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April 2015

Why Should A Pet Professional Take A Pet First Aid Class?

Why Should A Pet Professional Take A Pet First Aid Class?

(Details on my next two upcoming pet first aid classes are inlcuded at the end of this blog along with a demo video of the class)


Because the truth is accidents can and do happen. None of us schedule 2pm: Trip and fall over dryer hose. As professionals we owe it to the pets in our care to be prepared for the unplanned.

Be Aware. The American Animal Hospital Association (AAHA) says that 60% of all veterinary visits are emergency in nature. They go on to state that 25% more pets could have been saved if only one pet first aid technique was applied before veterinary treatment. A study done in the American Veterinary Journal states that only 10% of pets needing CPR would survive if CPR is not done before arrival at the veterinarian. Another study by the AAHA shows preventable accidents as the leading cause of death and disability among pre-senior pets.

Be Knowledgeable. What are some of the safety issues that relate directly to groomers?

• Sudden blunt force trauma happens if a pet falls off a grooming table. Or you trip over exposed cords. Or you can slip on a wet floor while carrying a pet. Take advantage of the Golden Hour. It takes approximately one hour for adrenaline to dissipate from the body after an injury. Symptoms are not felt until the adrenaline is gone. Once symptoms present, itʼs generally too late. Look to Natasha Richardson as an example of someone who wasted her Golden Hour. She was the actress who died after hitting her head in a ski accident. She refused on site medical treatment. When symptoms presented later, it was too late.

• Neck injuries or strangulation when an unattended pet or even when an attended cat jumps off a table while looped.

• Hypothermia caused by prolonged exposure to cool temperature. It can happen when placing a wet pet under a cool air dryer. You only need to lower the petʼs temperature by four degrees.

• Dehydration as a result of no water provided to the pet. Stress can also cause dehydration. It can lead to organ failure or death in a very short time.

• Burns resulting from overexposure to hot blades or hot air dryers. So will chewing on electrical cords. Using equipment without Ground Fault Interruptors (GFI) outlets around the tub can result in electrocution burns. Thermal burns can occur when a hot air dryer heats a metal cage.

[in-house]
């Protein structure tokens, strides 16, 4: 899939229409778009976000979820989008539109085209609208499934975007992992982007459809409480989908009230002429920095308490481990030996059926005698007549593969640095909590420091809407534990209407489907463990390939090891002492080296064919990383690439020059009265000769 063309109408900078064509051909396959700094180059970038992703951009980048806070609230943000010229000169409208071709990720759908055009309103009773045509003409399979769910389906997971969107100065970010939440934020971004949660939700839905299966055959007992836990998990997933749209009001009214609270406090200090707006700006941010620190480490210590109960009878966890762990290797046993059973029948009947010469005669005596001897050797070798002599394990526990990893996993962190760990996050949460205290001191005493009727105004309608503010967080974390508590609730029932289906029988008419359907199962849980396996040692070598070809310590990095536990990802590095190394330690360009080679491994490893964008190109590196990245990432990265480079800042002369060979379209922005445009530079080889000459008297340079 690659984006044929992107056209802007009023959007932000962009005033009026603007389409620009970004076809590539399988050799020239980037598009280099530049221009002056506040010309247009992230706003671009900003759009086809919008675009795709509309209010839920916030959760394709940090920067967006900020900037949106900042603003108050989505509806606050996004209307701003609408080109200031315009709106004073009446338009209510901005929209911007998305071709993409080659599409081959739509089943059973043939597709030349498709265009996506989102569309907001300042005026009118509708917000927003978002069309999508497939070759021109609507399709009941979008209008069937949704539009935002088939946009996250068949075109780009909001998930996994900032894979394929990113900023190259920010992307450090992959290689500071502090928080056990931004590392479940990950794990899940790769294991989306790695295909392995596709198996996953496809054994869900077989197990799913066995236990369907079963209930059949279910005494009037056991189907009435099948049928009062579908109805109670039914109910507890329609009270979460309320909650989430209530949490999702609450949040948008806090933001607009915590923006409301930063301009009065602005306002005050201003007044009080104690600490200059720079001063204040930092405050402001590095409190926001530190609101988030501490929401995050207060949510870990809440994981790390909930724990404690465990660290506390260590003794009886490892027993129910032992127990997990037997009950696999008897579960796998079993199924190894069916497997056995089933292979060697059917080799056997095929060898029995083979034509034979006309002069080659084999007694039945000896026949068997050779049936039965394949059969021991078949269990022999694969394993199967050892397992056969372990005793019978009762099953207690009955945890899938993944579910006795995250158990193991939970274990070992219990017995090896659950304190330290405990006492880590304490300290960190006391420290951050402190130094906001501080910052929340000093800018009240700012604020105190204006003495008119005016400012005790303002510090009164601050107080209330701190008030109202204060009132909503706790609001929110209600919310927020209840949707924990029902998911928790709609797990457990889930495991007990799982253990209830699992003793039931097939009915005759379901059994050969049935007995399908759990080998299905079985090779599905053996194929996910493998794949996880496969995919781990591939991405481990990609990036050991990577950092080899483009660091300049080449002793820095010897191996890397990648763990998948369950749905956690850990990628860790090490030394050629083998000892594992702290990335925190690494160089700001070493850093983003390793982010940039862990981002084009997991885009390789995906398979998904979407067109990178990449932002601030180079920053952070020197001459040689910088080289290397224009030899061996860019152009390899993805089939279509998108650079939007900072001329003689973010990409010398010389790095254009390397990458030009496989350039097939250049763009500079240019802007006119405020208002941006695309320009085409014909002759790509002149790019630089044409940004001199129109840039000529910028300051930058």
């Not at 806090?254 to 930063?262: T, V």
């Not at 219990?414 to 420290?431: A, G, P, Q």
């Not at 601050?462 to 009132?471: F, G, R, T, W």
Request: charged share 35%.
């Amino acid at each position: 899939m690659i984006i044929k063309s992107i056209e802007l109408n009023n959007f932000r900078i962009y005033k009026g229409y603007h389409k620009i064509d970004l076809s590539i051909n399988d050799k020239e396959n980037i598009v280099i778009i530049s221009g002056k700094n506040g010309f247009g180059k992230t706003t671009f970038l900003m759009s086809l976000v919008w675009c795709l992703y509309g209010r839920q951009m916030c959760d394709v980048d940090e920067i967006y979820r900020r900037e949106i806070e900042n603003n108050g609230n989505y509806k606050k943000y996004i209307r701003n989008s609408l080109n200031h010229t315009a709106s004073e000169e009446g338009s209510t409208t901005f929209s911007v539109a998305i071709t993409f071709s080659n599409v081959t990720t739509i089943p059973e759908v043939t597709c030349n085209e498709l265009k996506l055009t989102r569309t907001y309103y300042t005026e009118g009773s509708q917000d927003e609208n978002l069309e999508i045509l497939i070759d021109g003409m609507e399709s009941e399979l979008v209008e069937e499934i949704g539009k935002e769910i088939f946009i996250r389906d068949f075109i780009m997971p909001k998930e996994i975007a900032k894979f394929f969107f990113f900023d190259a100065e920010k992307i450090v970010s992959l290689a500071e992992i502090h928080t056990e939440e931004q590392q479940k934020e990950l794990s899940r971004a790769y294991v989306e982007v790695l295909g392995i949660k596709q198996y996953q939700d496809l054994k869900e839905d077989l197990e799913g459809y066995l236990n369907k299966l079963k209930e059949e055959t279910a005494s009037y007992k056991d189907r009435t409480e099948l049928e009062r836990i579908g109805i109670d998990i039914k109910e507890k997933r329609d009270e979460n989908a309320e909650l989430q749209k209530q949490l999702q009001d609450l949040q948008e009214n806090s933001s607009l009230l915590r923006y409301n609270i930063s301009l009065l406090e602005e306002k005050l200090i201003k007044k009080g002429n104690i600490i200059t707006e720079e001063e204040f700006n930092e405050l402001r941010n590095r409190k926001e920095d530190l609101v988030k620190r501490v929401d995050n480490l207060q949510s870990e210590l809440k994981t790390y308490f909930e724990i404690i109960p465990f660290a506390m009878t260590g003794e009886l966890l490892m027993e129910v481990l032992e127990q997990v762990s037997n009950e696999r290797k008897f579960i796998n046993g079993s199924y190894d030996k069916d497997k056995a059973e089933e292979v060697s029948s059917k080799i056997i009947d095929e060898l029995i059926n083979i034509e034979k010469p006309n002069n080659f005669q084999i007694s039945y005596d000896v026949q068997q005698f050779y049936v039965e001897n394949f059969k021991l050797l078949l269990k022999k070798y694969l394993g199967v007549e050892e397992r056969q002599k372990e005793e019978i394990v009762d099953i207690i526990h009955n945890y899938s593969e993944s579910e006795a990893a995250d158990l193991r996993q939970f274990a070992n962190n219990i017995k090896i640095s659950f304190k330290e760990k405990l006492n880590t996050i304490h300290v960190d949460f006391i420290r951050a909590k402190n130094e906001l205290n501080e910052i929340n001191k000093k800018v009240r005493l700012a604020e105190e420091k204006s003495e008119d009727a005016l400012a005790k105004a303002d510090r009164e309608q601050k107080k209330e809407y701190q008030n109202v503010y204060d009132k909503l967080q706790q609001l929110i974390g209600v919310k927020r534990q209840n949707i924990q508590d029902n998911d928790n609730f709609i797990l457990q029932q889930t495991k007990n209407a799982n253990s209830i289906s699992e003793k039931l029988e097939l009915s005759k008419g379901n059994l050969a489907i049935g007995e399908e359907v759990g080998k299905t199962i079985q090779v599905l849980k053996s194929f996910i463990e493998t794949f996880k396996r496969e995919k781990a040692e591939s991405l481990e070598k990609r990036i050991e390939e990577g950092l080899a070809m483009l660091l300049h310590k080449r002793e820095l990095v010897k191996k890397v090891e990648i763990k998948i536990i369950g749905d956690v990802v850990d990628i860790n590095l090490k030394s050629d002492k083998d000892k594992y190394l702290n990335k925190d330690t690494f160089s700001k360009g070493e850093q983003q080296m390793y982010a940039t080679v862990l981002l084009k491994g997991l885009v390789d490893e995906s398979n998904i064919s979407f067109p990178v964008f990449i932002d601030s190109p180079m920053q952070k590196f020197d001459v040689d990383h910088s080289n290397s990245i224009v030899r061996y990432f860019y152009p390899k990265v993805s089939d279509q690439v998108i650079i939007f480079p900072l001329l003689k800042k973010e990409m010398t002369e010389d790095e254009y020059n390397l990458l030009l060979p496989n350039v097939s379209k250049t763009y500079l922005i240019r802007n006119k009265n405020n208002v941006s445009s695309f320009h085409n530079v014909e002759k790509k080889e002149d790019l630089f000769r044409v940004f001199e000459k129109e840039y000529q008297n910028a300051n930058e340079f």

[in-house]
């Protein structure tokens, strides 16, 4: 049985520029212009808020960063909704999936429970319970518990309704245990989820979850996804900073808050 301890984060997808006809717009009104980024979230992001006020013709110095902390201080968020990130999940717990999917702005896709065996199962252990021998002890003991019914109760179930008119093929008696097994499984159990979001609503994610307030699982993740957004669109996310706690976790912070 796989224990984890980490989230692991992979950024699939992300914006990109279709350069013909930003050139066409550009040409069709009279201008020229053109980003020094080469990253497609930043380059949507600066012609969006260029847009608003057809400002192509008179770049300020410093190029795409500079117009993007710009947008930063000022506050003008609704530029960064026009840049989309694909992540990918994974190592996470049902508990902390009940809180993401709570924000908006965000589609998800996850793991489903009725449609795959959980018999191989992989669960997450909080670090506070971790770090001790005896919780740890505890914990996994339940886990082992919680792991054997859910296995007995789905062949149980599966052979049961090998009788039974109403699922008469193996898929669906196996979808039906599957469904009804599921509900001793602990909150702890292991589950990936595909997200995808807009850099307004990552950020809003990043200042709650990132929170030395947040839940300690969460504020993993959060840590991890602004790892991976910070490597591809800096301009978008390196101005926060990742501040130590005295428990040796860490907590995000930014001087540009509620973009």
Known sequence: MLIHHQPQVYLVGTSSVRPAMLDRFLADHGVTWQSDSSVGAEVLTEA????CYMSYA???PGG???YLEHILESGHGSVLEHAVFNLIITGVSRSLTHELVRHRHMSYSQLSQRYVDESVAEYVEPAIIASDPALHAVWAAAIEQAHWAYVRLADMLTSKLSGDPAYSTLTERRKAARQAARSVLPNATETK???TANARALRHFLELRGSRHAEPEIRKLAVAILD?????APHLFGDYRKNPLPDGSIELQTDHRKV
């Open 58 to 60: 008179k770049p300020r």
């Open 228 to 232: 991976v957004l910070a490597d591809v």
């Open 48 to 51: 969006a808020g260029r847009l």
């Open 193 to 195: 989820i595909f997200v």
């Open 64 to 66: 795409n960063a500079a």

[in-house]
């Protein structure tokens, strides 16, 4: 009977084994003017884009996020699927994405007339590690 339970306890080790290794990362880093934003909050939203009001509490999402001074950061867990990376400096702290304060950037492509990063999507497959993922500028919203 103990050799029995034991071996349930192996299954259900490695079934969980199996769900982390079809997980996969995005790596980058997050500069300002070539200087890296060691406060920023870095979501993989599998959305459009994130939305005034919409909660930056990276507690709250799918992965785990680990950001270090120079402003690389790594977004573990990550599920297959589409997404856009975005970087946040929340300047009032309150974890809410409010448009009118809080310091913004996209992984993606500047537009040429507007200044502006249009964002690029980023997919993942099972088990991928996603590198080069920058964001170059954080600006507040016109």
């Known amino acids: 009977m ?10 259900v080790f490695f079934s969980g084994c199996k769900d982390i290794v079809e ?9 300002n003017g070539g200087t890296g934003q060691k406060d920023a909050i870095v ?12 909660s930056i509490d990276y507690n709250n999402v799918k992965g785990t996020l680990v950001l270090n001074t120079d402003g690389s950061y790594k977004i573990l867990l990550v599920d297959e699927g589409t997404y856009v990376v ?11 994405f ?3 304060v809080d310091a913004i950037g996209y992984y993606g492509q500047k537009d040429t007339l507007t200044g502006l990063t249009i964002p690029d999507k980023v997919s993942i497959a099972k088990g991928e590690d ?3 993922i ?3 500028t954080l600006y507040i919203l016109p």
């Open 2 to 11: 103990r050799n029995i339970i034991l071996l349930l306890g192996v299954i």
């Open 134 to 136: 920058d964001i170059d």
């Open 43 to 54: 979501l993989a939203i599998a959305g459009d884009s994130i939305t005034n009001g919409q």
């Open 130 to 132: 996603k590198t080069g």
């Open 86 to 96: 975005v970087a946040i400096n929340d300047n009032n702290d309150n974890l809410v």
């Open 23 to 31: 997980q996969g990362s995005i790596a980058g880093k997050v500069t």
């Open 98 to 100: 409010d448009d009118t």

• Heatstroke from being left too long with a hot air dryer. Enclosed kennel dryers are notorious for this. The young, old, immune-suppressed and brachycephalic dogs and any cat are particularly susceptible. Brachycephalic dogs have the pushed in faces. Examples are Shih Tzuʼs and Pugs.

• Bleeding injures and wounds caused by scissors and clippers. In addition, hematomas and sebaceous cysts may erupt while in your care.

• Heart failure caused by stress, chewing on electrical cords, electrocution as well as preexisting medical conditions. Cat groomers should monitor the cats stress level closely. They are prone to stress induced heart failure.

• A seizure brought on by poisoning, stress, HV dryer and preexisting medical conditions. Poisoning occurs when a pet ingests, inhales or otherwise absorbs improperly stored cleaning and pesticide products. Older dogs are more susceptible to a seizure brought on by the HV dryer.

• Injuries caused by kennel or tub grates.

• Any pet can have an allergic reaction to any product we use.

• Choking on an inappropriate sized treat or toy and any treat given to a dog that gulps his food.

• The HV dryer can blow out an eardrum or cause an anal prolapse when used improperly.

Be Proactive. Most of the above are preventable accidents. Wrap up cords and hoses when not in use. Make sure there is a clear path from one area to the next. Keep the bathing area floors dry. Store toxic materials in a closed cabinet. Monitor pets at all times. Exercise caution when using your equipment. Do you have the phone numbers handy to your local vet and the after hours office? Do you know how to get to the after hours office? You donʼt want to try and find it in a panic. Walk through your shop and note possible problems and correct them. Go home and do the same. Your four legged furry family members will appreciate it.

Be Prepared. Take a pet first aid class. Written materials and videos alone are not a pet first aid class. To properly learn these skills, your Instructor must be properly trained. Be choosy. Ask questions. What did their training consist of? Pet first aid and CPR is best learned through a combination of lecture, demonstration and hands on skills. A professional level class should include the following: bleeding and shock, restraining and muzzling, primary pet assessment,rescue breathing, CPR, fracture and limb injuries, insect bites and stings, snakebite, seizures, first aid kits and emergency preparedness kits, poisoning and poisonous substances, choking and snout to tail assessments. A better class will also advocate a healthy pet lifestyle. This includes the importance of dental care. Furthermore, it should also stress the importance of both when to seek veterinary care and of establishing a relationship with your vet.